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Lenses Alien
Cymbals Eat Guitars Lenses Alien

Released 9 September 2011
Producer John Agnello
Label Memphis Industries
Length 39:13
Genre Indie rock
Website www.cymbalseatguitars.com
72

Hailing from Staten Island, New York, Cymbals Eat Guitars return to form with this their second album Lenses Alien. It is produced by John Agnello, who has also worked on albums by Sonic Youth, The Hold Steady, Kurt Vile and the highly underrated Madrugada. The band’s debut album Why There Are Mountains was self-released back in 2009.

The band had a bit of a torrid time after their debut was released with their original keyboardist Dan Baer leaving the band through illness and their original bass player Neil Berenholz leaving due to a dislike of touring. They had to re-start, if you like, bringing in Brain Hamilton on keyboards and Matthew Whipple on bass. The surviving members - singer/guitarist Jospeh D’Agostino and drummer Matthew Miller quickly got to grips with their new band mates.

Lenses Alien is an original sounding album full of different ideas. There are a lot of unusual chord changes especially on the opening track 'Rifle Eyesight (Proper Name)' (which is actually its proper name). This is a 3-in-1 type song, has a mixture of feedback, whispered vocals and an all out loud shouty ending. 'Plainclothes' has some really good changes too where it quietens down towards the middle before some more screaming vocals finish things off.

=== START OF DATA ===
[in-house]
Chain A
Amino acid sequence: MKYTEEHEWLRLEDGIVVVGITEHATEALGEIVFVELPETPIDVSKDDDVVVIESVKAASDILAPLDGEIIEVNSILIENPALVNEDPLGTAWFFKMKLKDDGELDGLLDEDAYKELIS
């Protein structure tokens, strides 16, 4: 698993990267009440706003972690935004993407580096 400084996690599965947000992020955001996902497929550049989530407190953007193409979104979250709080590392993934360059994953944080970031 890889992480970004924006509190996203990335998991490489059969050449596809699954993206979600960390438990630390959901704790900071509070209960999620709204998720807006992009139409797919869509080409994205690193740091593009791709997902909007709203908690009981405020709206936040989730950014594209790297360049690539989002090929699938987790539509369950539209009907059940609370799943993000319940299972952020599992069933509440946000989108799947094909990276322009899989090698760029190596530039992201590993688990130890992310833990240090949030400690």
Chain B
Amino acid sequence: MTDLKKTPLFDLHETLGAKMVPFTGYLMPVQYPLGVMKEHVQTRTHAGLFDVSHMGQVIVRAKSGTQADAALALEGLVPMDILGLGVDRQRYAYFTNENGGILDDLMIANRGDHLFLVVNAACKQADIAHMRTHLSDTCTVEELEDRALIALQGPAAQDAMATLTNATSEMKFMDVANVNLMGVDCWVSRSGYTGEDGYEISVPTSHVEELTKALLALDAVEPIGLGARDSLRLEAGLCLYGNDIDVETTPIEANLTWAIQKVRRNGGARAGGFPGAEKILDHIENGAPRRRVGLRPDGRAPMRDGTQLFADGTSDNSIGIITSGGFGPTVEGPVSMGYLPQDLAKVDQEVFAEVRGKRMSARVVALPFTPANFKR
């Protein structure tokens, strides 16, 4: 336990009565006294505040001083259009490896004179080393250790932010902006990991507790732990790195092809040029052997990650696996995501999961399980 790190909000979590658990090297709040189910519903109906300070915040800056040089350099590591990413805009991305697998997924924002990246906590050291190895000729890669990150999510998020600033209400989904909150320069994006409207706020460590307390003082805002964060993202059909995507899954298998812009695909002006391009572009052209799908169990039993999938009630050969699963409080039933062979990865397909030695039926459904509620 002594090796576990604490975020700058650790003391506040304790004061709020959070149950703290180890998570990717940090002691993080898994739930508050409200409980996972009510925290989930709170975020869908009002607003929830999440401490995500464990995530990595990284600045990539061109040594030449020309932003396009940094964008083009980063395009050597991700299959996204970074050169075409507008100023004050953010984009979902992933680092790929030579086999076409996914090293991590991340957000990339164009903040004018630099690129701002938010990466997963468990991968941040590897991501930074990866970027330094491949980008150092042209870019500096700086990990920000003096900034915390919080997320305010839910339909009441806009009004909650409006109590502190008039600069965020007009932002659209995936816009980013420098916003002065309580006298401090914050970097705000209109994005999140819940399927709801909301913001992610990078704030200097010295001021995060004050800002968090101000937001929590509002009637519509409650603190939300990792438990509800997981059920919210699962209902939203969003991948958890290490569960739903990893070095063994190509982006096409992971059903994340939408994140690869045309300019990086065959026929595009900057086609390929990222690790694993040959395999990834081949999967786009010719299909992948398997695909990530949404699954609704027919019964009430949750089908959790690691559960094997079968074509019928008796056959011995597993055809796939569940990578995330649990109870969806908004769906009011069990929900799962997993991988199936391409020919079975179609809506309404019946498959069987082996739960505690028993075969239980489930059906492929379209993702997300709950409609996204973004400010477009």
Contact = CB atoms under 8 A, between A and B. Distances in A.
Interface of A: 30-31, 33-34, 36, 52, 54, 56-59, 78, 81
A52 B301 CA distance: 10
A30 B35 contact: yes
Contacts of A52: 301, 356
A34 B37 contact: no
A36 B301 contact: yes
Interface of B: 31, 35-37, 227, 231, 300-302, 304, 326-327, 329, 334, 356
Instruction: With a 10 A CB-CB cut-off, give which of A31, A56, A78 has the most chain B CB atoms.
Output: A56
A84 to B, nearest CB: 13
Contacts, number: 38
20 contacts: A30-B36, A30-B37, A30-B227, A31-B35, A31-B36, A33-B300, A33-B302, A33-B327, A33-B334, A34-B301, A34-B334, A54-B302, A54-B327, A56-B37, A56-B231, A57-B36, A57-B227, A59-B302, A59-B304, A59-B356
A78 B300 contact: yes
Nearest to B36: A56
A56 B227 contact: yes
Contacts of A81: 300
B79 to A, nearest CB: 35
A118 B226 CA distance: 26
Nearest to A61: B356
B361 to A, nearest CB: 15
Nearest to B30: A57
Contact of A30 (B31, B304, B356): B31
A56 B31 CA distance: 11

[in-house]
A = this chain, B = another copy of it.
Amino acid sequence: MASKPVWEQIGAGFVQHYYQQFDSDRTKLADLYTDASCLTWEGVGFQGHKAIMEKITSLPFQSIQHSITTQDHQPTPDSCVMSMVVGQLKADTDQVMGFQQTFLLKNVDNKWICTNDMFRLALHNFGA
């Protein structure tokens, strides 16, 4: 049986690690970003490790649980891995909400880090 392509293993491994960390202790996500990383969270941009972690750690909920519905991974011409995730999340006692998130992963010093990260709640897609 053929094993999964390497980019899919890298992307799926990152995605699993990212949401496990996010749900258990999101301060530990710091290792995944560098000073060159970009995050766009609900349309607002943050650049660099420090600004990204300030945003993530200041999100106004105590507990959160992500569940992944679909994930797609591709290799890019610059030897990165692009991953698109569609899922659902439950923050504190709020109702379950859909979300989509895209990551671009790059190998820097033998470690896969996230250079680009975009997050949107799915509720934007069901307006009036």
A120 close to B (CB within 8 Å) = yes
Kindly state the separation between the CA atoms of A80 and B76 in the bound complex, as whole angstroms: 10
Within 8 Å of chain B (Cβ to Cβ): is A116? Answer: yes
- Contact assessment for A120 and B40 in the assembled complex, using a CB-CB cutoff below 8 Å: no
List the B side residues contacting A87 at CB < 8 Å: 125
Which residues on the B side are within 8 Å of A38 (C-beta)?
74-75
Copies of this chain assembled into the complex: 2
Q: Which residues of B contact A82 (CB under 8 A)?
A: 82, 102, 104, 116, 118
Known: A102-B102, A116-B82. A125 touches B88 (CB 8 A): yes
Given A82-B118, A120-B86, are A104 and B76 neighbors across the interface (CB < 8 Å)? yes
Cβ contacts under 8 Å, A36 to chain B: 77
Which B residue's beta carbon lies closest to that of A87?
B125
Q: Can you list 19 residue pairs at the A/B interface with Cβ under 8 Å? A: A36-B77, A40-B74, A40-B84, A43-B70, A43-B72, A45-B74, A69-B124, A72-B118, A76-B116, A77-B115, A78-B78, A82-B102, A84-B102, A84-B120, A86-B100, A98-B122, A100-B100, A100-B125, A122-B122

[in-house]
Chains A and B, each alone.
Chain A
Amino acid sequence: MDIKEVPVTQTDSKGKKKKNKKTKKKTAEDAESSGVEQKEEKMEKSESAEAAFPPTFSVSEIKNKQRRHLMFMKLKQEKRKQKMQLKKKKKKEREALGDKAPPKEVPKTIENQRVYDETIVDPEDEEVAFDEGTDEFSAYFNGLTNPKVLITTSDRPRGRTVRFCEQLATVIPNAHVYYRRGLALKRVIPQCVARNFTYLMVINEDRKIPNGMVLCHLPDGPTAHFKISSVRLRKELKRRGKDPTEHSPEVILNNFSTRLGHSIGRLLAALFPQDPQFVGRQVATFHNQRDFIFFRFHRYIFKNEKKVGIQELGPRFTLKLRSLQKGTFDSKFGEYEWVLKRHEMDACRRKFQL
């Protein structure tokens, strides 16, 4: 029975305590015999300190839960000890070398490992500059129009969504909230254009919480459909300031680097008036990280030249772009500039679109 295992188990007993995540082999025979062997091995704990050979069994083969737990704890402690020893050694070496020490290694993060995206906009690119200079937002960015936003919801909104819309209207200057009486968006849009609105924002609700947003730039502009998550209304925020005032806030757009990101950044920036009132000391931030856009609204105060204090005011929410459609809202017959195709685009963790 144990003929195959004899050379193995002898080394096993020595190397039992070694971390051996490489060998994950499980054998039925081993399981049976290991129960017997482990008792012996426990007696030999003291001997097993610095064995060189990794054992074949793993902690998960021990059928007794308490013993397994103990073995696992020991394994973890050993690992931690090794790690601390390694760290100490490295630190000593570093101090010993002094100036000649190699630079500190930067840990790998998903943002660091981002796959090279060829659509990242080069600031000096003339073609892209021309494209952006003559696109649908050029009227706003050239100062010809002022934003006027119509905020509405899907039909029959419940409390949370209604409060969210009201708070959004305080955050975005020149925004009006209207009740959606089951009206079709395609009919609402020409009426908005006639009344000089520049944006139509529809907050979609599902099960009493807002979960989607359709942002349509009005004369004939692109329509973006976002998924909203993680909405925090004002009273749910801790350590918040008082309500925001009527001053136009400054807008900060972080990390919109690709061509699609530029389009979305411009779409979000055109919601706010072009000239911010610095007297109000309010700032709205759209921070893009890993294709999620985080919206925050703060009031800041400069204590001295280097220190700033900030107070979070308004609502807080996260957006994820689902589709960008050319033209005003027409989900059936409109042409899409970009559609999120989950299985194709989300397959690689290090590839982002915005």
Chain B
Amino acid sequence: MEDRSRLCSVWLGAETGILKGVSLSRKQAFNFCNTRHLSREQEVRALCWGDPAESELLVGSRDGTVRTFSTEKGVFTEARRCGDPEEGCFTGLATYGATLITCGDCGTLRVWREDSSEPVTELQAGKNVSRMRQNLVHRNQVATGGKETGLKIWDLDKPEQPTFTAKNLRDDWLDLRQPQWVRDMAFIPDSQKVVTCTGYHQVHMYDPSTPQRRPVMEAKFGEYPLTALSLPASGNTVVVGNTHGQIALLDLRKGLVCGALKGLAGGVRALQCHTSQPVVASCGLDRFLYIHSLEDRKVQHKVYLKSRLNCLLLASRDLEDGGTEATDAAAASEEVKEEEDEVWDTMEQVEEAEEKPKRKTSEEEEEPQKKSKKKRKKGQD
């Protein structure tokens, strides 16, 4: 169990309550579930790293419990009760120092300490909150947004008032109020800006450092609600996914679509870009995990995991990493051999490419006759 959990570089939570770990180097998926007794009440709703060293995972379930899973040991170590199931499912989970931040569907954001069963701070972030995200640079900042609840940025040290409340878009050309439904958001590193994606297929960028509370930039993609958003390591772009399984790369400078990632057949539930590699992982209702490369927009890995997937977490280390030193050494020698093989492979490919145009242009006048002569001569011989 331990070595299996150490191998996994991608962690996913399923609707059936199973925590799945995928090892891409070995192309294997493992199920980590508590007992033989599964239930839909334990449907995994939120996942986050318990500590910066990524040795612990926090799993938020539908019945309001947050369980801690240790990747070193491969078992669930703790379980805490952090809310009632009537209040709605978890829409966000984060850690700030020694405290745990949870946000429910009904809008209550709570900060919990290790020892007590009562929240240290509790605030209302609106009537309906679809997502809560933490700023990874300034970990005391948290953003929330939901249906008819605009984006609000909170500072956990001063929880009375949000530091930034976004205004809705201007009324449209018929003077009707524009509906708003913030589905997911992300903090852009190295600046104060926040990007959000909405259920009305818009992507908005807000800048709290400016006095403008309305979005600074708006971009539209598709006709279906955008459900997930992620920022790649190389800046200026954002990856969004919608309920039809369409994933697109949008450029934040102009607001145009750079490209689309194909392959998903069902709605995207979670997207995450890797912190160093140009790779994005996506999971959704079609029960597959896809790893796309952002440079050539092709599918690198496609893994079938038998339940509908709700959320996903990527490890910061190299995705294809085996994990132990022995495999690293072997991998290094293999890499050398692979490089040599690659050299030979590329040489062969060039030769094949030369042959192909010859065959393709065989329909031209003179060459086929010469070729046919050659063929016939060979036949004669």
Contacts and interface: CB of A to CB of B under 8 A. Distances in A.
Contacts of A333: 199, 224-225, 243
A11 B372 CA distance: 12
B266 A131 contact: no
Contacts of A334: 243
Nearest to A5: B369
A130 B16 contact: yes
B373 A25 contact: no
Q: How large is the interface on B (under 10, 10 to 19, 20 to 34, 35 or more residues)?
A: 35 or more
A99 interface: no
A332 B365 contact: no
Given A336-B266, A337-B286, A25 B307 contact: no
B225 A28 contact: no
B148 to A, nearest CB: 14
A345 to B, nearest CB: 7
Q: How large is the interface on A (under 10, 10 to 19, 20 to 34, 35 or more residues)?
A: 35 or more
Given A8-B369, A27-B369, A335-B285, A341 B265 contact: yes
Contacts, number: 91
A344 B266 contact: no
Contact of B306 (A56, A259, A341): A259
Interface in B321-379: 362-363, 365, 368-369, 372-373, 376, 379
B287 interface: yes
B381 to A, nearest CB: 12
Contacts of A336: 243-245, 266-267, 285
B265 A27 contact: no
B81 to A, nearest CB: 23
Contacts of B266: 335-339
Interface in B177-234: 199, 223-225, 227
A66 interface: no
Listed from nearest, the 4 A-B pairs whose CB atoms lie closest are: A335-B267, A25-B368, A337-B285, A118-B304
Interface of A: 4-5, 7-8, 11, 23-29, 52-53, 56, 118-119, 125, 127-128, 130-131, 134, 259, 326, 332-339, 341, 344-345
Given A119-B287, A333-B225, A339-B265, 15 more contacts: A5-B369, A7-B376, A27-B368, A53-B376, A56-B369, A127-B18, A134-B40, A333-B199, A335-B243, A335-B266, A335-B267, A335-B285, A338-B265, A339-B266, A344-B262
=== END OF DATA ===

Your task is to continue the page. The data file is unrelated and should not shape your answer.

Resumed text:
This is not the type of thing I’d usually listen to but I really enjoyed it. There are some nice strummed guitar parts and the drumming is hard-hitting throughout. The band sounds like they are really enjoying themselves. There is even a hint of Beach Boys with the vocals on 'Shore Points'.

The only downpoints here are 'The Current' which seems to just end prematurely and the rather messy final track 'Gary Condit' which doesn’t really come together fully.

Having read in the past that Cymbals Eat Guitars sound similar to Deerhunter and The Antlers but they’re more in line with The Pains of Being Pure at Heart and even a scuzzed up version of Gish-era Smashing Pumpkins.

All in all a fine second album.

- Leon Byrne